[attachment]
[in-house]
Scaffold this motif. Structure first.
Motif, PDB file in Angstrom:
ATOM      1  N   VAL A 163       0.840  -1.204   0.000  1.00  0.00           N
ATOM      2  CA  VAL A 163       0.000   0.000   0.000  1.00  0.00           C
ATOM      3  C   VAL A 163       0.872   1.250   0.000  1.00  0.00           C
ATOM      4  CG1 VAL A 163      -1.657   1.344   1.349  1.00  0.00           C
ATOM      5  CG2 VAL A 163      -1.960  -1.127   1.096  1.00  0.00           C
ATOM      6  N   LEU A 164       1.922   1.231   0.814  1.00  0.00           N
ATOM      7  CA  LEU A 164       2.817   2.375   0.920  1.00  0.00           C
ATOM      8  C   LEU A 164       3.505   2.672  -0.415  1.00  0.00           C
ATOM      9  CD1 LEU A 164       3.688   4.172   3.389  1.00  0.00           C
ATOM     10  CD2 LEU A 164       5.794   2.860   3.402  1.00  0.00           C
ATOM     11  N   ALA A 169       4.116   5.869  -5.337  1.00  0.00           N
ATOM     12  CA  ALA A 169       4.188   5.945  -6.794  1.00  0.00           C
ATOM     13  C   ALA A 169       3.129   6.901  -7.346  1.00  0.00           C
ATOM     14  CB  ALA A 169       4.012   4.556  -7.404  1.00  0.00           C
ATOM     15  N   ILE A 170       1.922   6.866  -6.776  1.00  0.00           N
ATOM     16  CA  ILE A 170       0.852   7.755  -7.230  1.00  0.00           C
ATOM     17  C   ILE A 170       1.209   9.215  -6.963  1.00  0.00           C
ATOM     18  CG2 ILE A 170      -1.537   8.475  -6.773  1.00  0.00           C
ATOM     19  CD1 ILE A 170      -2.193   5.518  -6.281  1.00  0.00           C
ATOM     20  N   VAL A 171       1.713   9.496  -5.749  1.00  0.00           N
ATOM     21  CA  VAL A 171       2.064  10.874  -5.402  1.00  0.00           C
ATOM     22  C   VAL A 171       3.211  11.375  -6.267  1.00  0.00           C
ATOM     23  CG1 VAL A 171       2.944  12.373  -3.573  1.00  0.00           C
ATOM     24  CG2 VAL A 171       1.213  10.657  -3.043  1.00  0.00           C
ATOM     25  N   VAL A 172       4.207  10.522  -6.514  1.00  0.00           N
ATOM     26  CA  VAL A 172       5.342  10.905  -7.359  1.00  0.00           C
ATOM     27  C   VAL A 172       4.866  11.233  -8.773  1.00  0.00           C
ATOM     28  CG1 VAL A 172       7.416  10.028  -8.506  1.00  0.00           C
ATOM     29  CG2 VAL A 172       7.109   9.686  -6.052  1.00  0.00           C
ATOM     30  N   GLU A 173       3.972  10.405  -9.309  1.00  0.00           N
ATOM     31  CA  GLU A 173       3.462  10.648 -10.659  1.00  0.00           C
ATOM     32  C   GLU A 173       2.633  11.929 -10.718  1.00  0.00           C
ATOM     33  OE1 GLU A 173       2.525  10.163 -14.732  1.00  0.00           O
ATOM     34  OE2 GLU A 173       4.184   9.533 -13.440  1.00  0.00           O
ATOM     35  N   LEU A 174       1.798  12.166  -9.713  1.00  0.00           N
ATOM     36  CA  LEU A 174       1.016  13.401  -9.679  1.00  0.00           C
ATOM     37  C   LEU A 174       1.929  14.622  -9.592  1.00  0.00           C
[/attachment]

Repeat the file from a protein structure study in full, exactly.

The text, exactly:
[in-house]
Scaffold this motif. Structure first.
Motif, PDB file in Angstrom:
ATOM      1  N   VAL A 163       0.840  -1.204   0.000  1.00  0.00           N
ATOM      2  CA  VAL A 163       0.000   0.000   0.000  1.00  0.00           C
ATOM      3  C   VAL A 163       0.872   1.250   0.000  1.00  0.00           C
ATOM      4  CG1 VAL A 163      -1.657   1.344   1.349  1.00  0.00           C
ATOM      5  CG2 VAL A 163      -1.960  -1.127   1.096  1.00  0.00           C
ATOM      6  N   LEU A 164       1.922   1.231   0.814  1.00  0.00           N
ATOM      7  CA  LEU A 164       2.817   2.375   0.920  1.00  0.00           C
ATOM      8  C   LEU A 164       3.505   2.672  -0.415  1.00  0.00           C
ATOM      9  CD1 LEU A 164       3.688   4.172   3.389  1.00  0.00           C
ATOM     10  CD2 LEU A 164       5.794   2.860   3.402  1.00  0.00           C
ATOM     11  N   ALA A 169       4.116   5.869  -5.337  1.00  0.00           N
ATOM     12  CA  ALA A 169       4.188   5.945  -6.794  1.00  0.00           C
ATOM     13  C   ALA A 169       3.129   6.901  -7.346  1.00  0.00           C
ATOM     14  CB  ALA A 169       4.012   4.556  -7.404  1.00  0.00           C
ATOM     15  N   ILE A 170       1.922   6.866  -6.776  1.00  0.00           N
ATOM     16  CA  ILE A 170       0.852   7.755  -7.230  1.00  0.00           C
ATOM     17  C   ILE A 170       1.209   9.215  -6.963  1.00  0.00           C
ATOM     18  CG2 ILE A 170      -1.537   8.475  -6.773  1.00  0.00           C
ATOM     19  CD1 ILE A 170      -2.193   5.518  -6.281  1.00  0.00           C
ATOM     20  N   VAL A 171       1.713   9.496  -5.749  1.00  0.00           N
ATOM     21  CA  VAL A 171       2.064  10.874  -5.402  1.00  0.00           C
ATOM     22  C   VAL A 171       3.211  11.375  -6.267  1.00  0.00           C
ATOM     23  CG1 VAL A 171       2.944  12.373  -3.573  1.00  0.00           C
ATOM     24  CG2 VAL A 171       1.213  10.657  -3.043  1.00  0.00           C
ATOM     25  N   VAL A 172       4.207  10.522  -6.514  1.00  0.00           N
ATOM     26  CA  VAL A 172       5.342  10.905  -7.359  1.00  0.00           C
ATOM     27  C   VAL A 172       4.866  11.233  -8.773  1.00  0.00           C
ATOM     28  CG1 VAL A 172       7.416  10.028  -8.506  1.00  0.00           C
ATOM     29  CG2 VAL A 172       7.109   9.686  -6.052  1.00  0.00           C
ATOM     30  N   GLU A 173       3.972  10.405  -9.309  1.00  0.00           N
ATOM     31  CA  GLU A 173       3.462  10.648 -10.659  1.00  0.00           C
ATOM     32  C   GLU A 173       2.633  11.929 -10.718  1.00  0.00           C
ATOM     33  OE1 GLU A 173       2.525  10.163 -14.732  1.00  0.00           O
ATOM     34  OE2 GLU A 173       4.184   9.533 -13.440  1.00  0.00           O
ATOM     35  N   LEU A 174       1.798  12.166  -9.713  1.00  0.00           N
ATOM     36  CA  LEU A 174       1.016  13.401  -9.679  1.00  0.00           C
ATOM     37  C   LEU A 174       1.929  14.622  -9.592  1.00  0.00           C